Computer vision for quality grading in fish processing
MetadataVis full innførsel
High labour costs, due to the existing technology that still involves a high degree of manually based processing, incur overall high production costs in the fish processing industry. Therefore, a higher degree of automation of processing lines is often desirable, and this strategy has been adopted by the Norwegian fish processing industry to cut-down production costs. In fish processing, despite a slower uptake than in other domains of industry, the use of computer vision as a strategy for automation is beginning to gain the necessary maturity for online grading and evaluation of various attributes related to fish quality. This can enable lower production costs and simultaneously increase quality through more consistent and non-destructive evaluation of the fish products. This thesis investigates the possibility for automation of fish processing operations by the application of computer vision. The thesis summarises research conducted towards the development of computer vision-based methods for evaluation of various attributes related to whole fish and flesh quality. A brief summary of the main findings is presented here. By application of computer vision, a method for the inspection of the presence of residual blood in the body cavity of whole Atlantic salmon was developed to determine the adequacy of washing. Inadequate washing of fish after bleeding is quite common in commercial processing plants. By segmenting the body cavity and performing a colour analysis, it was shown that the degree of bleeding correlated well with colour parameters, resulting in correct classification of the fish with residual blood. The developed computer vision-based classifier showed a good agreement with the manual classification of the fish that needed re-washing. The proposed method has potential to automate this type of inspection in fish processing lines. In addition, a computer vision-based classifier for quality grading of whole Atlantic salmon in different grading classes, as specified by the industrial standard, was developed. In the proposed solution, after segmentation of the salmon from the image scene, with the use of the computer vision techniques, it was possible to extract non-redundant geometrical features describing the size and shape of fish. Based on these features, a classifier was developed for classification of fish into respective grading classes. The average correct rate of classification was in good agreement with the manual labelling, and the method has a potential for grading of Atlantic salmon in fish processing lines. Regarding fillet grading, a computer vision-based sorting method for Atlantic salmon fillets according to their colour score was developed. The method and classifier/matching algorithm was based on the present industrial standard NS 9402 for evaluation of fillets by colour according to Roche Cards. As a result, fillets or parts of fillets, could be classified into different colour grades. This is important for the industry since different markets tend to have different preferences for fillet colour. This classification method is suitable for online industrial purposes. In addition, the method gives colour evaluation of fresh and smoked fillets in the CIELab space, similar to the L, a, and b values generated by a Minolta Chromameter, for different parts of fillets as well as for the entire fillet. The advantage of the computer vision-based method derives from the flexibility in the choice of the size of the region of interest of the fillet for colour measurement, as opposed to the Chromameter, where the Minolta generated values are obtained by interrogating a very small area of the fillet (8 mm). The method can also be used for detection of colour non-uniformities (discoloration) in both fresh and smoked fillets. A method for computer vision-based measurements and monitoring of transient 2D and 3D changes in the size and shape of fillets during the rigor process and ice storage was developed. The method successfully measured the size (length, width, area) and shape (roundness) of Atlantic salmon and cod fillets, and monitored changes to these during ice storage with high precision. This was demonstrated by comparison of the exhausted and anesthetized fillets. By laser scanning of the fillet, it was possible to obtain size changes in the height (mm) and area of the fillet in cross-section. The method can be used not only for size and shape analysis of fillets but also for other fish products, both in on-line, as well as off-line conditions as a tool for monitoring 2D/3D size and shape changes. The method can also be used for determination of fillet yield measured in thickness, which is an important parameter for the industry. Together with the colour grading ability, this method can also be used for full feature evaluation and classification of any fish or food product from a single image (colour, size and shape in 2D/3D). If filleting of fish is done pre-rigor, care should be exercised during colour grading since transient colour changes occur in the post-mortem period. As these changes are more pronounced than those that occur during ice storage, incorrect colour grading can occur. The computer vision method developed for evaluation of colour changes in fillets during rigor, ice storage, and due to effects of perimortem handling stress was considered as the most suitable method for industrial purposes when compared to both the Minolta Chromamater and sensory analysis by a panel. A computer vision-based method for evaluation of fresh and smoked fillets with respect to bleeding was developed. This form of evaluation is important for the industry as residual blood in fillets may lead to reduced visual acceptance of the product. The method was considered suitable for the purpose of this type of evaluation. The developed computer vision methods have potential for automation of the mentioned grading operations in the commercial fish processing lines. Application of the proposed solutions would lower the production costs, while simultaneously increasing the quality of the products through a more consistent and non-destructive evaluation of these products.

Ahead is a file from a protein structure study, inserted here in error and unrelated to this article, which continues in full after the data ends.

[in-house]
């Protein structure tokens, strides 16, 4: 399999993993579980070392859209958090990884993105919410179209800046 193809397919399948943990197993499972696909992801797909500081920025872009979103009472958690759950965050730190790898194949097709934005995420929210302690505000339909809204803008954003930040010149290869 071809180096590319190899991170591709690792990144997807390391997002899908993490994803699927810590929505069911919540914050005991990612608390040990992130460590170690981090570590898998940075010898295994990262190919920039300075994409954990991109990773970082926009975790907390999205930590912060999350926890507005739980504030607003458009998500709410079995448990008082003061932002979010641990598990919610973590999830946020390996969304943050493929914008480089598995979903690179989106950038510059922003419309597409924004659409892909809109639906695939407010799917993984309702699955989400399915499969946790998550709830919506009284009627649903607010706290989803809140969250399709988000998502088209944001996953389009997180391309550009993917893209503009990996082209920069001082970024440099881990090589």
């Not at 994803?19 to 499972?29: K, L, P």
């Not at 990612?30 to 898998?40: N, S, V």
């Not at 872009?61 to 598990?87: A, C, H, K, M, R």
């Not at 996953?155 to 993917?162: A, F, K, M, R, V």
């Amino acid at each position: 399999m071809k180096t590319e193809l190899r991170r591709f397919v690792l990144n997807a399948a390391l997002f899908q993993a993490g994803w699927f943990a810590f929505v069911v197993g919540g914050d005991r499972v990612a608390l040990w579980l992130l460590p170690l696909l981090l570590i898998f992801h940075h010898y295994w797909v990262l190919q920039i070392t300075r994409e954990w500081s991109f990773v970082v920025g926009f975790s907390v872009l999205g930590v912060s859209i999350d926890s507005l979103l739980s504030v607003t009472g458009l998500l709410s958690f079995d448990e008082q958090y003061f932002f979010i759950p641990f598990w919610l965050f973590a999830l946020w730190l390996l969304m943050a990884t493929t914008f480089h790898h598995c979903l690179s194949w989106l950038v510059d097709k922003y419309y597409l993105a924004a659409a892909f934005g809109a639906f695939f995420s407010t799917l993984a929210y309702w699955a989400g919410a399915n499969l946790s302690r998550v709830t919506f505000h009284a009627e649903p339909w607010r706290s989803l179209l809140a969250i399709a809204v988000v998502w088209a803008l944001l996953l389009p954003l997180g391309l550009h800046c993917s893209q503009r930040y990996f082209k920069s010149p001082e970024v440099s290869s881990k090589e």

Består avMisimi, E; Mathiassen, JR; Erikson, U. Computer vision-based sorting of Atlantic salmon (Salmo salar) fillets according to their color level. Journal of food science. 72(1): S30-S35, 2007.
Erikson, U; Misimi, E. Atlantic Salmon Skin and Fillet Color Changes Effected by Perimortem Handling Stress, Rigor Mortis, and Ice Storage. Journal of Food Science. 73(2): C50-C59, 2008.
Misimi, E; Erikson, U; Digre, H; Skavhaug, A; Mathiassen, JR. Computer Vision-Based Evaluation of Pre- and Postrigor Changes in Size and Shape of Atlantic Cod (Gadus morhua) and Atlantic Salmon (Salmo salar) Fillets during Rigor Mortis and Ice Storage: Effects of Perimortem Handling Stress. Journal of Food Science. 73(2): E57-E68, 2008.